Someone once said life is not about how many breaths you take but about how many times your breath is taken away! While this comment was encapsulated in a conversation about living life to its fullest, it can have a more literal meaning as well.
While having your breath taken away can be a good thing, it can certainly be a bad thing if you have poor health and die prematurely from living a life that may be fun, but void of good health and longevity. I recently had a “breathless” experience of my own, one I won’t soon forget.
My father died suddenly of heart attack at age 47. He was not in great shape having gained 40 pounds and diagnosed with high cholesterol. Dad was never one to exercise but did work on his diet, unfortunately not soon enough.
Having just turned 49 and having a beautiful family I adore, I wanted to take even better control of my health so I decided it was time to see a cardiologist. Being an endurance athlete I get plenty of exercise and my diet is good, I still wanted to get a “check-up” on my heart health and make sure the plan I am on will provide me the best opportunity for good health and longevity. With the appointment set, I was on my way to meet my cardiologist.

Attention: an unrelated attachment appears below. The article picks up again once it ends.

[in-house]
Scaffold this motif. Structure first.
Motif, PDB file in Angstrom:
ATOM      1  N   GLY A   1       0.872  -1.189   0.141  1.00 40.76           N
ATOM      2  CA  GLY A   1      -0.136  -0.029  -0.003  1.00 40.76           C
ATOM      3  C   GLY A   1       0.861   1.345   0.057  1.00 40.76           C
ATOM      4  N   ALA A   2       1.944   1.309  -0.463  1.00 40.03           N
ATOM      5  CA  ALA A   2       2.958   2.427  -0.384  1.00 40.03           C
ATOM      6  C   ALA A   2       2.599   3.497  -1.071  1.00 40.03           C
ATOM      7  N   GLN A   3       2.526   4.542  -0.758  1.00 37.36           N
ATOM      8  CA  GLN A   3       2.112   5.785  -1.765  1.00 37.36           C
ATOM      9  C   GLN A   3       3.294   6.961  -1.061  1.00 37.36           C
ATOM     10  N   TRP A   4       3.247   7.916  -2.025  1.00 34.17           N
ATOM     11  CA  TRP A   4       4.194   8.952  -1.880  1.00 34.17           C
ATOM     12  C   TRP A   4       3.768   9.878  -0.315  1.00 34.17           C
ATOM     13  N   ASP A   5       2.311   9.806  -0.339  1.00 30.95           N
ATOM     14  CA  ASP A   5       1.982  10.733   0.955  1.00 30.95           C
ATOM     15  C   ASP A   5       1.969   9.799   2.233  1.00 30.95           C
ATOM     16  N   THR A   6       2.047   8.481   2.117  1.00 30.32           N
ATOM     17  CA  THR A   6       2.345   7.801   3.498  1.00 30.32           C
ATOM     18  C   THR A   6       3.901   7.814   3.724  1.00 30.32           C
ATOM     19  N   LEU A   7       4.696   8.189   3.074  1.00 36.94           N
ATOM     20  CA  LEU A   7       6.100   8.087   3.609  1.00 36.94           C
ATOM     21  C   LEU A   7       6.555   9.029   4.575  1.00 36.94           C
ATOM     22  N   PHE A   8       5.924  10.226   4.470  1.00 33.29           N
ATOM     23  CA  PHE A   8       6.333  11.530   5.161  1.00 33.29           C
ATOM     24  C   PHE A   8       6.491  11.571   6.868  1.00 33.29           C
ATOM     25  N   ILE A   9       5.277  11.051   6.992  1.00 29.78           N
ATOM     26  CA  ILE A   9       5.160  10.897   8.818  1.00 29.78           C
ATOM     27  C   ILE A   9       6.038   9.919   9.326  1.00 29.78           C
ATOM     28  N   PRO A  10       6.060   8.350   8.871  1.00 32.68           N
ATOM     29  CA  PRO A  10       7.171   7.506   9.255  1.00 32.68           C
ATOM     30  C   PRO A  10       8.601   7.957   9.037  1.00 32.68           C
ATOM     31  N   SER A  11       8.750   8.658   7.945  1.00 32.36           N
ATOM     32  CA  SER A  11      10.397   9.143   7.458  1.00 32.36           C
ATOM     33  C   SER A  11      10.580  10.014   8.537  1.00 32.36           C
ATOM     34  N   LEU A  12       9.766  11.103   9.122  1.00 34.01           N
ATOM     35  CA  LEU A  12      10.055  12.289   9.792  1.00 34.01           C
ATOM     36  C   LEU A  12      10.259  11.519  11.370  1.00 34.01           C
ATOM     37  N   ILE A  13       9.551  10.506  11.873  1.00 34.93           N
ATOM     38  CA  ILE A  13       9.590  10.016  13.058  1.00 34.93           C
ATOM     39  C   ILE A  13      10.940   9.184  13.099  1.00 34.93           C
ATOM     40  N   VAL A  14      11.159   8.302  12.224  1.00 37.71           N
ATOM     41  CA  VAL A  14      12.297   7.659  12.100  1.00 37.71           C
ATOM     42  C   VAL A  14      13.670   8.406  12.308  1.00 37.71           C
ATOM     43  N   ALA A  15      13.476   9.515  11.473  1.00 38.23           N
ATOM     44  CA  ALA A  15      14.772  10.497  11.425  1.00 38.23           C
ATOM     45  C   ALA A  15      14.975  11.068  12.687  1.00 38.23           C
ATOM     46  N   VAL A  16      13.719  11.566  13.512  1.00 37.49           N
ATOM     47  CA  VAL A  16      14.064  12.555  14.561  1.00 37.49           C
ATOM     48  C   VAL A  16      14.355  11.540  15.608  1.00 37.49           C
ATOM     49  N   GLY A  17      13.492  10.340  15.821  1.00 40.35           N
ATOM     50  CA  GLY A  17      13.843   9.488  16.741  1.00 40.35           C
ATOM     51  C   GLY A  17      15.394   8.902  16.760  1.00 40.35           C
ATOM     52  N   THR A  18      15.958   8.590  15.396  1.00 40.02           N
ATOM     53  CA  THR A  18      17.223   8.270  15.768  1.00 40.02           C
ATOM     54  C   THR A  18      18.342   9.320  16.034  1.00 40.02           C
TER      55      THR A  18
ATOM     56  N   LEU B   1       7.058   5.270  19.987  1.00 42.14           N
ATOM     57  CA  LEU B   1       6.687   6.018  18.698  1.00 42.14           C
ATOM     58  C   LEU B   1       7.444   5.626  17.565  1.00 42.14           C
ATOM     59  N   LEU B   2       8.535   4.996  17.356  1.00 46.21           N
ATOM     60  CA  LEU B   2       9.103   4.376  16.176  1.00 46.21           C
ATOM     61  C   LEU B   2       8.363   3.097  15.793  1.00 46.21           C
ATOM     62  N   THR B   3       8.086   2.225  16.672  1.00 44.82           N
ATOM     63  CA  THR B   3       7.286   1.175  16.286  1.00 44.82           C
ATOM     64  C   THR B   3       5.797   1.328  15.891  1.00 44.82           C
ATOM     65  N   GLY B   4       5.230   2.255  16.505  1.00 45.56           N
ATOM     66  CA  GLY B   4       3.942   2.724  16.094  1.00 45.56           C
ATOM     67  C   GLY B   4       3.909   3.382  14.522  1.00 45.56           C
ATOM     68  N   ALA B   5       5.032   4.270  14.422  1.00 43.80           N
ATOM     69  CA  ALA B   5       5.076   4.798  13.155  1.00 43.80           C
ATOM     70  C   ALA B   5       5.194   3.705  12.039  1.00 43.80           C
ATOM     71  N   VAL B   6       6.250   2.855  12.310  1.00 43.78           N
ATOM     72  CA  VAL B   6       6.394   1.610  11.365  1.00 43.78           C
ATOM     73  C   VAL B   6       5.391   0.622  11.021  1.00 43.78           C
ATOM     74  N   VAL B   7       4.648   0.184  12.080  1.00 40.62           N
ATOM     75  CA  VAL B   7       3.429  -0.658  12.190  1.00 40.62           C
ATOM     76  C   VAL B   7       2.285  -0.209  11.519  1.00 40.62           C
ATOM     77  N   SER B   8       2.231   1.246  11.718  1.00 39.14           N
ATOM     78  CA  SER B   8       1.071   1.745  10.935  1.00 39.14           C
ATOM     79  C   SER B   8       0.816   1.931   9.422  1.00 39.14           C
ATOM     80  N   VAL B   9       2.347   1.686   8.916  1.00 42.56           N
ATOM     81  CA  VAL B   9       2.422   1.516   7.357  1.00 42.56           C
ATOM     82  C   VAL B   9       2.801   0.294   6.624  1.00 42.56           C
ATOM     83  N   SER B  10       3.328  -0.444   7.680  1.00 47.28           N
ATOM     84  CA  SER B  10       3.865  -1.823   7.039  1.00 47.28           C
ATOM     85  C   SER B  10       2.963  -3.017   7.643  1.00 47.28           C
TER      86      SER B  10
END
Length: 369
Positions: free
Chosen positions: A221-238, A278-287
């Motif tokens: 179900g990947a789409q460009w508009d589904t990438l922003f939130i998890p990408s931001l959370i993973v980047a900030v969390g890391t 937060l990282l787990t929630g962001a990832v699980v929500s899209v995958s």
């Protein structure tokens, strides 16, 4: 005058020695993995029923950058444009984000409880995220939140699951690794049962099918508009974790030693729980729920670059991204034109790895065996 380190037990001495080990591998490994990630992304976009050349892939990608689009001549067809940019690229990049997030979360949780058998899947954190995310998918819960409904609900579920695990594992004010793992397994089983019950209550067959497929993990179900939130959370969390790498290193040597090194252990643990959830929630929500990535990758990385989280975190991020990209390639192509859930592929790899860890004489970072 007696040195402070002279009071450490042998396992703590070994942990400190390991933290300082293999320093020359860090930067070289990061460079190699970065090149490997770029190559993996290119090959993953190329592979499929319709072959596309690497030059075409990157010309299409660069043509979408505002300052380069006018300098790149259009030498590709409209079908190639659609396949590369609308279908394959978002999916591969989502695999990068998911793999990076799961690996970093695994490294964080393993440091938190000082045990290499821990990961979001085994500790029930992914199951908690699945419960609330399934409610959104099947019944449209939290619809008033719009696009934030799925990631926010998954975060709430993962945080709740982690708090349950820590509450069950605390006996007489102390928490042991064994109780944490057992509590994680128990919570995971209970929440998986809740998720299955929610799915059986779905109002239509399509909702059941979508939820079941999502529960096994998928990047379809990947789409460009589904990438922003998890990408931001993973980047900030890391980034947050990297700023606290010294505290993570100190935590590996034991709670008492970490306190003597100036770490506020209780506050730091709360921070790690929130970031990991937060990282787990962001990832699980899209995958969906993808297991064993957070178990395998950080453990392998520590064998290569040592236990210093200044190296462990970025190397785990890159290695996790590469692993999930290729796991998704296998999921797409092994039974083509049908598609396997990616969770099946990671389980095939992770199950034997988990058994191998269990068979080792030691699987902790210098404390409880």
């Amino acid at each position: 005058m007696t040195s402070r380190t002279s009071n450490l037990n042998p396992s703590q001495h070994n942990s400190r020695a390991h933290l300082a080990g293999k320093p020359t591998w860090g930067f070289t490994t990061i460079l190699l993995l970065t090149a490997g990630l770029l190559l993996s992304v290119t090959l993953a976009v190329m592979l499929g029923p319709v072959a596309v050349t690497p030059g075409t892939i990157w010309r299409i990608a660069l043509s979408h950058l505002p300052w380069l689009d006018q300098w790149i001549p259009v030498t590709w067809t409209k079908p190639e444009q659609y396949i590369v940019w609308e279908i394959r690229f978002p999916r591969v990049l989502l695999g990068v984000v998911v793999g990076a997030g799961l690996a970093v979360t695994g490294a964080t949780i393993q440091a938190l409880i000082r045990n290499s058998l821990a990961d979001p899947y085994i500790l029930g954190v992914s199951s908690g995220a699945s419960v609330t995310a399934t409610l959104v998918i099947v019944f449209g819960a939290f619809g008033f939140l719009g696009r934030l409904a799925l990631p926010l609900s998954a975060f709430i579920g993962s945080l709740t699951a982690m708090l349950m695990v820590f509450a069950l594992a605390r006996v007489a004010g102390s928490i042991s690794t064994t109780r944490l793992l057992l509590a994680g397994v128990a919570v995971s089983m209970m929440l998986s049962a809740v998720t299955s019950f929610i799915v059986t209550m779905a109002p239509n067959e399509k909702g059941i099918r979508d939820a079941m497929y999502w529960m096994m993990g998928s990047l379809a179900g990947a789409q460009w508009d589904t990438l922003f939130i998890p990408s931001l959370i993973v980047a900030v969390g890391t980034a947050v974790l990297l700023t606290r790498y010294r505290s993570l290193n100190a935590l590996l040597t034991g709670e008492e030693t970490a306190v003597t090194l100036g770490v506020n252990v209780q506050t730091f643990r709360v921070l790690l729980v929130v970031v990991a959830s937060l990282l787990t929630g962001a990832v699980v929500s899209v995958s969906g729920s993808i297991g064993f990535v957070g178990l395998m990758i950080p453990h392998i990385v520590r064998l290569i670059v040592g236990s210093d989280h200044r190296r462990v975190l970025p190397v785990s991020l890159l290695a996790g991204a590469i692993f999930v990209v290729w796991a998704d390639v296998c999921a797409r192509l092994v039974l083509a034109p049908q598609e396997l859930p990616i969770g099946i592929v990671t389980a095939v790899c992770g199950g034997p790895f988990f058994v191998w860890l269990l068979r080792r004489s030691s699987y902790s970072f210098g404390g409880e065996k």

One never knows for sure what to expect when going to a doctor’s office for the first time and I certainly wasn't prepared mentally for what I experienced. The waiting area had over 100 patients, all of whom were experiencing some severe level of ill health from heart disease.
While I certainly wasn't the oldest, I wasn't the youngest either and the picture of ill health shook me to my core! It was frightening and sad to see so many people suffering from some form of heart disease and confirmed my resolve to make sure I keep to a plan that would keep me as far away from the cardiologist’s office as possible.
According to the Center for Disease Control, the number one cause of death in the United States is heart disease. Approximately 610,000 people die of heart disease in the United Stated every year which is 1 in every 4 deaths. Heart disease is the leading cause of death for both men and women and every year over 735,000 Americans have a heart attack.
Add the rapid increase in adult onset Type 2 diabetes, the health of the American population has dramatically worsened in the last 100 years, making us one of the “sickest” nations on the planet. In 1900 heart disease was only the number four killer and a few years prior to that it was not in the top ten causes of death. So why the large increase in deaths associated with heart disease?
In my next column I will discuss the history of the rise in heart disease in America.
HERE’S TO BEING FIT FOR LIFE! Chris is a Certified Personal Trainer, USA Triathlon Level 1 Coach, Group Exercise Instructor, exercise and endurance enthusiast. He competes yearly in numerous running races, marathons, ultra marathons, triathlons and other endurance events. He is a member of the 2015 QT2 Systems Advanced Team.